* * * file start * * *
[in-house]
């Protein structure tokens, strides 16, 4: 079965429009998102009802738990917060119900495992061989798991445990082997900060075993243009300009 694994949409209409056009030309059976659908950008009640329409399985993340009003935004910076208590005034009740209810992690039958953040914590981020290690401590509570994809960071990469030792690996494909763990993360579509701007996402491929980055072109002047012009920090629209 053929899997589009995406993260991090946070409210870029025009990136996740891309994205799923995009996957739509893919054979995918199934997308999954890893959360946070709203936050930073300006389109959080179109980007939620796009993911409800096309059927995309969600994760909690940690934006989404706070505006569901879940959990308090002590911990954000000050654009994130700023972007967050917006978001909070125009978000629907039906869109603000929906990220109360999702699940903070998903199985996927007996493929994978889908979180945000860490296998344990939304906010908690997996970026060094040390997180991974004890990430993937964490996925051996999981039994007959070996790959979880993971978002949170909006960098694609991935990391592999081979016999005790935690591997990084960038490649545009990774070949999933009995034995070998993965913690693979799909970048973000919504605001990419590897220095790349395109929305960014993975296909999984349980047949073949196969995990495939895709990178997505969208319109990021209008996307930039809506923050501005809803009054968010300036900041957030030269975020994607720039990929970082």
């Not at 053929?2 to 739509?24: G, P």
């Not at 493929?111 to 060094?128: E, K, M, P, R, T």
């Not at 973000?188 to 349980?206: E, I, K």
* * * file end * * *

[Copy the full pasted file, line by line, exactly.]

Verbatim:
[in-house]
């Protein structure tokens, strides 16, 4: 079965429009998102009802738990917060119900495992061989798991445990082997900060075993243009300009 694994949409209409056009030309059976659908950008009640329409399985993340009003935004910076208590005034009740209810992690039958953040914590981020290690401590509570994809960071990469030792690996494909763990993360579509701007996402491929980055072109002047012009920090629209 053929899997589009995406993260991090946070409210870029025009990136996740891309994205799923995009996957739509893919054979995918199934997308999954890893959360946070709203936050930073300006389109959080179109980007939620796009993911409800096309059927995309969600994760909690940690934006989404706070505006569901879940959990308090002590911990954000000050654009994130700023972007967050917006978001909070125009978000629907039906869109603000929906990220109360999702699940903070998903199985996927007996493929994978889908979180945000860490296998344990939304906010908690997996970026060094040390997180991974004890990430993937964490996925051996999981039994007959070996790959979880993971978002949170909006960098694609991935990391592999081979016999005790935690591997990084960038490649545009990774070949999933009995034995070998993965913690693979799909970048973000919504605001990419590897220095790349395109929305960014993975296909999984349980047949073949196969995990495939895709990178997505969208319109990021209008996307930039809506923050501005809803009054968010300036900041957030030269975020994607720039990929970082």
């Not at 053929?2 to 739509?24: G, P």
């Not at 493929?111 to 060094?128: E, K, M, P, R, T």
């Not at 973000?188 to 349980?206: E, I, K």